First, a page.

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Online filing - use of an Americanism in the United Kingdom...

"regular" isn't that an Americanism?  We in Britain, use "Frequent" as, to us, "regular" is a bowel movemet , amongst other things, except size -                      - The GoodEnglish Professor

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@AccountingWeb and others

tractorboy wrote:

HMRC do not yet allow online filing of MP pages, instead their guidance is to include the details on the regular employment supplement and include a "white space note".


Subsequent posters seem to have ignored tractorboy's observation. I would have thought at least a response from AccountingWeb might be relevant here.

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I always find it unusual ...

I always find it a bit unusual when earnings are well into the higher rate tax band, but there is no investment income.

I guess McDonnell just doesn't believe in saving for a rainy day.

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Maybe his wife has all the income? Or it is in ISA's? Think he needs to clarify the point re MP pages but good start - can't see Cameron, Osborne or Johnson publishing their returns. Also - he had no gift aid payments!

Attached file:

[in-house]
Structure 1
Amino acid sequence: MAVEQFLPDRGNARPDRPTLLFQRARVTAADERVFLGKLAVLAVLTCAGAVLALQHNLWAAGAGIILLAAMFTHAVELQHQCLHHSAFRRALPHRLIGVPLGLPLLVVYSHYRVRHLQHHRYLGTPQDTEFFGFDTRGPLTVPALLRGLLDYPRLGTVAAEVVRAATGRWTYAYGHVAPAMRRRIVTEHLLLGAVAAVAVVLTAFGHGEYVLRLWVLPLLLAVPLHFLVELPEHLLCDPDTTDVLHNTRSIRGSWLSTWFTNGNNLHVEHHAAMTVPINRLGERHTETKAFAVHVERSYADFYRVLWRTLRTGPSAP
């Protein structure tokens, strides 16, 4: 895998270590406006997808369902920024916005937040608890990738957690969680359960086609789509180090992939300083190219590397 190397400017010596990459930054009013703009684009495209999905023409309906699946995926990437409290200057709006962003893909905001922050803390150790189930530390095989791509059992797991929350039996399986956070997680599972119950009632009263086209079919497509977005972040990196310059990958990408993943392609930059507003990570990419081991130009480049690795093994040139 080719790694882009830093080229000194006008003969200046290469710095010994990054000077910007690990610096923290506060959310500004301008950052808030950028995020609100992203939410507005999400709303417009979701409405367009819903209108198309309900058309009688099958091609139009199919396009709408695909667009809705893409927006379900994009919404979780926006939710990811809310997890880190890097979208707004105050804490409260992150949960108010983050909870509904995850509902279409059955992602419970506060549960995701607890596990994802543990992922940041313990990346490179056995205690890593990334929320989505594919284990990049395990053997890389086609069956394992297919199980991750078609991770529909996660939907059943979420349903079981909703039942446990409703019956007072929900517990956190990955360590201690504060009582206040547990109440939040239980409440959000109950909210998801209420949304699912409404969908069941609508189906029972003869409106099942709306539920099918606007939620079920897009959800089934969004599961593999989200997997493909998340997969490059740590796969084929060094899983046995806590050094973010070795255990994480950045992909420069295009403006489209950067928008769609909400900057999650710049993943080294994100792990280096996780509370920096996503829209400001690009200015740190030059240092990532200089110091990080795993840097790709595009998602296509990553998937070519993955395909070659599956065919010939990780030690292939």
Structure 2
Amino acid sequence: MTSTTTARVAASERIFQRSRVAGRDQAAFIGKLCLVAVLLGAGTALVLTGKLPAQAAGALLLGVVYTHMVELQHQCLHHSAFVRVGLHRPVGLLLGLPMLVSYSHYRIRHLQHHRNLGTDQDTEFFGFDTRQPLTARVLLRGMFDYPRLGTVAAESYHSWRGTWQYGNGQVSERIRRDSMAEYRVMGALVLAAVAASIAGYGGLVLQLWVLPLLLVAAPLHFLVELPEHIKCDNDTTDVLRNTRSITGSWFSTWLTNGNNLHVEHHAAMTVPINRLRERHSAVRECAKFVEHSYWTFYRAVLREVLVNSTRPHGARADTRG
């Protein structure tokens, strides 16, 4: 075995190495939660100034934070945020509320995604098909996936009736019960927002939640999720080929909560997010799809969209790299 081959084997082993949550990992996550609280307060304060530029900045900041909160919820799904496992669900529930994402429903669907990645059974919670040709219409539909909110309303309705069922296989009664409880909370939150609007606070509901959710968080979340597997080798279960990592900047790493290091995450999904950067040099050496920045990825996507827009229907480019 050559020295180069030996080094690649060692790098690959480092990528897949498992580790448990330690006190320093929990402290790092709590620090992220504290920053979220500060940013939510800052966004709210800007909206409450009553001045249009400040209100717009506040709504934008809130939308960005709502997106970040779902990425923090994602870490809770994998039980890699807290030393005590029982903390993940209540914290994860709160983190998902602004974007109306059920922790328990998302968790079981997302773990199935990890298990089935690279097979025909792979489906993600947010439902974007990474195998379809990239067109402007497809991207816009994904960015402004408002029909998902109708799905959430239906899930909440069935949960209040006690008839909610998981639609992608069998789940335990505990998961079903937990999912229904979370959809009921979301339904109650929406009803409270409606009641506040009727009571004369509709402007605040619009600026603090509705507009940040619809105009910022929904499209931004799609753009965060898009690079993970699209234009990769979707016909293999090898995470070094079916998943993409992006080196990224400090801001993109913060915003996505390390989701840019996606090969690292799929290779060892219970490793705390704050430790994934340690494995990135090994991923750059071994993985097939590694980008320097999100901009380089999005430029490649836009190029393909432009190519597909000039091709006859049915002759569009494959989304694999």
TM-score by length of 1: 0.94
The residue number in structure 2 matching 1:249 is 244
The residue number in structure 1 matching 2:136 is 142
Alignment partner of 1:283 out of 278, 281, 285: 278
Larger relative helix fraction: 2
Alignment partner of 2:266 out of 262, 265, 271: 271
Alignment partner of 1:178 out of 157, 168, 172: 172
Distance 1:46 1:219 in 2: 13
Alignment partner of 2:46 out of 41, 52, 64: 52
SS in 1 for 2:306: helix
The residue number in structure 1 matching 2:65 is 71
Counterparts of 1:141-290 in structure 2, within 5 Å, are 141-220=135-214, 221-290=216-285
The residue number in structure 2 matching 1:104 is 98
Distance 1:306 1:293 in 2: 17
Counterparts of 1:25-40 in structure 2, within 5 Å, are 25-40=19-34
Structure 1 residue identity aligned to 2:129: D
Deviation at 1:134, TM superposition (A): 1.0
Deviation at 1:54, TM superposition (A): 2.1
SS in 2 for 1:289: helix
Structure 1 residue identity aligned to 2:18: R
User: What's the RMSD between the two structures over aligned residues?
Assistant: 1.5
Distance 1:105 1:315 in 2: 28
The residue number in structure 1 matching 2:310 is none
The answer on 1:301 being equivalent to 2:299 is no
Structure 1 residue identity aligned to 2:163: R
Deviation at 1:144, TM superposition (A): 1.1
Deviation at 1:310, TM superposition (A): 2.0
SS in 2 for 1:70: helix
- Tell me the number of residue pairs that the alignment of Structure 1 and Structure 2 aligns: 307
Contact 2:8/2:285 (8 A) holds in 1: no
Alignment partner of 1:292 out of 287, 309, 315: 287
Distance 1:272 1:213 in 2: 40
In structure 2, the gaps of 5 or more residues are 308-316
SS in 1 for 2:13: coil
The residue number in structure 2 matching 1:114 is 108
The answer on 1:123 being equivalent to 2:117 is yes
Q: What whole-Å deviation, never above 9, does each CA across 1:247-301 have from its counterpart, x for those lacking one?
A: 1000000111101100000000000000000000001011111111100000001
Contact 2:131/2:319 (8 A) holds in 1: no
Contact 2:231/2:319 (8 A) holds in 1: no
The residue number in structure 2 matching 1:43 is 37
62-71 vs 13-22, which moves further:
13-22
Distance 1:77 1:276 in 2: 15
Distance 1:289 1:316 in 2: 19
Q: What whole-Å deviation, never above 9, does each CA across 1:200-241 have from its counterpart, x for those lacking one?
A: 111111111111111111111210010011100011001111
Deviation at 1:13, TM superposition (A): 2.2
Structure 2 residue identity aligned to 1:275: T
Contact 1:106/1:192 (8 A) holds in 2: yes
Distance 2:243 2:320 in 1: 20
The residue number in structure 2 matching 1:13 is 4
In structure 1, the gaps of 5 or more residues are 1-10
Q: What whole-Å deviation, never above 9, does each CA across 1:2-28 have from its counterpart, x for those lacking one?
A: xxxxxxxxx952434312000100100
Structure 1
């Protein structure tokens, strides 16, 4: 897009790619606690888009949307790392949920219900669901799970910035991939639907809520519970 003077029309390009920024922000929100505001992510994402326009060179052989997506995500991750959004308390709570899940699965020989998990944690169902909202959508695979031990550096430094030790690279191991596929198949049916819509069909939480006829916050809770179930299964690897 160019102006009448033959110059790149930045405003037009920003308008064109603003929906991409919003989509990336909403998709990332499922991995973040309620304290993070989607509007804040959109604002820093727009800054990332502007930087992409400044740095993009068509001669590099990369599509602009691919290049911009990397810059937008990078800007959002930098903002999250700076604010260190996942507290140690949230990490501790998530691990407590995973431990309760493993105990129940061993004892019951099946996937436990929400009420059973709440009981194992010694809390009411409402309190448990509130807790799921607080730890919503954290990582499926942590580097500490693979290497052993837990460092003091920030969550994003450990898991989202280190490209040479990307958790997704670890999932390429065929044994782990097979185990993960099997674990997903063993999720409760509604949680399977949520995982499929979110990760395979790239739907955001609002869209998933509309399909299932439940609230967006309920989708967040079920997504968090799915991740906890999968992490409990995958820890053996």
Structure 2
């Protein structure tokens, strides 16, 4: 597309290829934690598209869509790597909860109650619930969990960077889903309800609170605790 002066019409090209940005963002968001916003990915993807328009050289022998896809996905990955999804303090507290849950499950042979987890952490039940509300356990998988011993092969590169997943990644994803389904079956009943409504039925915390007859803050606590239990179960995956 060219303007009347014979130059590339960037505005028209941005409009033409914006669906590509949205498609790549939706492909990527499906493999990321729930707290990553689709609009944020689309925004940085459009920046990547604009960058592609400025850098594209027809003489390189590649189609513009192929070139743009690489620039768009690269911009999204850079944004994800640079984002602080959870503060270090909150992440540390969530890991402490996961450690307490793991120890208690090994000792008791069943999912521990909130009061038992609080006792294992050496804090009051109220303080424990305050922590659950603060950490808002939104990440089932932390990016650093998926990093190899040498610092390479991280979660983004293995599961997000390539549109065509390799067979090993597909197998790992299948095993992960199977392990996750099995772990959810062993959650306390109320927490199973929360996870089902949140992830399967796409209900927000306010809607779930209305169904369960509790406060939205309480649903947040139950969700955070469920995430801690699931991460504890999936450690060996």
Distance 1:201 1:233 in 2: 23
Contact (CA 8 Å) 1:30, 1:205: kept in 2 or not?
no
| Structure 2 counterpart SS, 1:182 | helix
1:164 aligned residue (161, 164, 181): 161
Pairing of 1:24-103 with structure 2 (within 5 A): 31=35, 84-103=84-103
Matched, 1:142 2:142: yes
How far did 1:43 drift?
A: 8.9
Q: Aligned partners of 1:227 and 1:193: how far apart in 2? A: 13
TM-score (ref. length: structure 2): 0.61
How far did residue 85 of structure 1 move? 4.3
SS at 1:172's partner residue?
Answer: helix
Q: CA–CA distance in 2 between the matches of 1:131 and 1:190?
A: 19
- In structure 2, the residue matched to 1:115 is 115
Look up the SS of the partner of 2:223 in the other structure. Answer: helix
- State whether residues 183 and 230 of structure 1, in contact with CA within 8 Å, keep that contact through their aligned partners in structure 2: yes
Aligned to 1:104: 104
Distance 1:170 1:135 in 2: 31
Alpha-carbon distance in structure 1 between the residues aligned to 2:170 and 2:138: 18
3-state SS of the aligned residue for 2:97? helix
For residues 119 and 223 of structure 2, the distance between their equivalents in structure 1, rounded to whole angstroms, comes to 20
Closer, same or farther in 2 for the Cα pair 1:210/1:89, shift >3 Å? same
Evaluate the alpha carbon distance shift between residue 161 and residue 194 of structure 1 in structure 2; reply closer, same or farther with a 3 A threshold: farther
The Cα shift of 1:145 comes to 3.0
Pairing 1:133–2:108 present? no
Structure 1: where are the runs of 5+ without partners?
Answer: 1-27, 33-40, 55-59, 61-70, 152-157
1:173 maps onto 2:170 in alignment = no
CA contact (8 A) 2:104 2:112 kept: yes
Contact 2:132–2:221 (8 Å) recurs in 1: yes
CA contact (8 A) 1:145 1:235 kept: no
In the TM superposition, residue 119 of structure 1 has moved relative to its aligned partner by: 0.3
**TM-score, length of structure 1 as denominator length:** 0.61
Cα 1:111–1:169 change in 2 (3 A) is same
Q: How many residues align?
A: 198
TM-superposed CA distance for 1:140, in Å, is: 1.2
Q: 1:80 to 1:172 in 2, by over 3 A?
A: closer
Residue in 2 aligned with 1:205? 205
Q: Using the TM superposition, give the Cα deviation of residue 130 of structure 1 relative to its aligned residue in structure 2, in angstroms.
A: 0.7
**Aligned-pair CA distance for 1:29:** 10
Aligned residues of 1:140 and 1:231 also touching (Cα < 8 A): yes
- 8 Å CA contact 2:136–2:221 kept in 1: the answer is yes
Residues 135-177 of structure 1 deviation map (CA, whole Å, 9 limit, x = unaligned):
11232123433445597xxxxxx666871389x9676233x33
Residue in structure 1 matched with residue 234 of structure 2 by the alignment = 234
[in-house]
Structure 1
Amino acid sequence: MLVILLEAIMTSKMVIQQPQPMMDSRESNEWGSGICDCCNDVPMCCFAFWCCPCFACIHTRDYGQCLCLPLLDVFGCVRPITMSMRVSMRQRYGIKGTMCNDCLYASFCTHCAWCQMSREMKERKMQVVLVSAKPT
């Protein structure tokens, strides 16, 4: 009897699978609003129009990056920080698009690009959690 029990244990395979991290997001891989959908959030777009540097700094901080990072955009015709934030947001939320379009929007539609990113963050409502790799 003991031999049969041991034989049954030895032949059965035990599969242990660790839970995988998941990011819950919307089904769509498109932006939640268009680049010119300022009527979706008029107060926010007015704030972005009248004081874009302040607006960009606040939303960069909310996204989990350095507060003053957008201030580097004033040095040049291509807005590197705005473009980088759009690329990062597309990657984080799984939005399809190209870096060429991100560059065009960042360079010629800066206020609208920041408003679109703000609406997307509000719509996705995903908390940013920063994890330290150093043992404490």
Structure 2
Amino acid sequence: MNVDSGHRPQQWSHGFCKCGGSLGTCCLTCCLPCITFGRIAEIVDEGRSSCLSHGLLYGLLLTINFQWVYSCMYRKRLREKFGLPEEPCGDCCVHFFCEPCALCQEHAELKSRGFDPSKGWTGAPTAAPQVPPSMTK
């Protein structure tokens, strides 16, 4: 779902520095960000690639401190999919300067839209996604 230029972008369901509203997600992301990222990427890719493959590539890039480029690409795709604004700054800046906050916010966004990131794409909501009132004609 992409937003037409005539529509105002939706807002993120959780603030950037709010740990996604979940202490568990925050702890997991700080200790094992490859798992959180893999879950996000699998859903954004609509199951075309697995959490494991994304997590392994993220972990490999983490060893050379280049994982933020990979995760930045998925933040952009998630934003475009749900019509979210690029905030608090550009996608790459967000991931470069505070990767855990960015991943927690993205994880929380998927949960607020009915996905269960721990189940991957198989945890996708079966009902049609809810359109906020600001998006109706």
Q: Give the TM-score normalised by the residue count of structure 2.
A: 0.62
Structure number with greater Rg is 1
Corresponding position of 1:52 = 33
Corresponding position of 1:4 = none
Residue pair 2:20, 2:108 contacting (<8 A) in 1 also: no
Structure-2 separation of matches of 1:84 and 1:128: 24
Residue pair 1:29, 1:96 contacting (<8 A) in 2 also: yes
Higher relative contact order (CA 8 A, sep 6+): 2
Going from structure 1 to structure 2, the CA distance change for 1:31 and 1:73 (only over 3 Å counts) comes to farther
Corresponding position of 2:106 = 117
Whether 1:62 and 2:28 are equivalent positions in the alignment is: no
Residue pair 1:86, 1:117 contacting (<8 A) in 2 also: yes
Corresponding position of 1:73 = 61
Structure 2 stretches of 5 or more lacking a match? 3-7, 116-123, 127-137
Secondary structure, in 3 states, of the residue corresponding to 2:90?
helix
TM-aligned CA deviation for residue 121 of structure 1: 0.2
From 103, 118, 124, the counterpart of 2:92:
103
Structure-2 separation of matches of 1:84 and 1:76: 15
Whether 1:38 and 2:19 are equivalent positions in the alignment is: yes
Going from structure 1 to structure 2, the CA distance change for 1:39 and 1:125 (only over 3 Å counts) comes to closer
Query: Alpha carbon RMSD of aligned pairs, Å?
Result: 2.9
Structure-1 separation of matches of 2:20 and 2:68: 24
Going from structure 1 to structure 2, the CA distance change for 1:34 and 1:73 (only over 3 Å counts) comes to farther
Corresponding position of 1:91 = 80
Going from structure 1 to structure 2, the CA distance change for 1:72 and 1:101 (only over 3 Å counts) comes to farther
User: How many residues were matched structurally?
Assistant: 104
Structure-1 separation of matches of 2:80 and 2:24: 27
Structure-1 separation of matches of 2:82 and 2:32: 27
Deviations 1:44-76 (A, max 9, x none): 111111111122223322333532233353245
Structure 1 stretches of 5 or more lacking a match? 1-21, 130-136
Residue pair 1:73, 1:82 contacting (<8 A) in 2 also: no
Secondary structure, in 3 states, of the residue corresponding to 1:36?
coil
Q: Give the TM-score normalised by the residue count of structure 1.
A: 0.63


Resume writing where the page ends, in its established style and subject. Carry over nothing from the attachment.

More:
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I see your use of English is impeccable!

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Same old.

McDonnell claims that his action in publishing his tax return was in the spirit of Labour's new politics. By cynically withholding SA102MP though (it is most unlikely an elementary error) he has demonstrated that the "new" is just as unreliable as the old.

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Gift Aid....

 Very interesting that a man very keen to give away taxpayers money to all and sundry around the world and looking to be elected for doing so has not put his hand in his own pocket to give to any charitable organisations himself !!

Like many I believe that this return has nothing to do with the full return submitted to HMRC in his name. As they say in 2016....How do you tell when a politician is lying? Answer: His lips are moving or he is tweeting.


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Expenses Received and Paid

What is always the interesting thing about our MPs is what expenses were paid out and what were received?  SA102MP shows this information.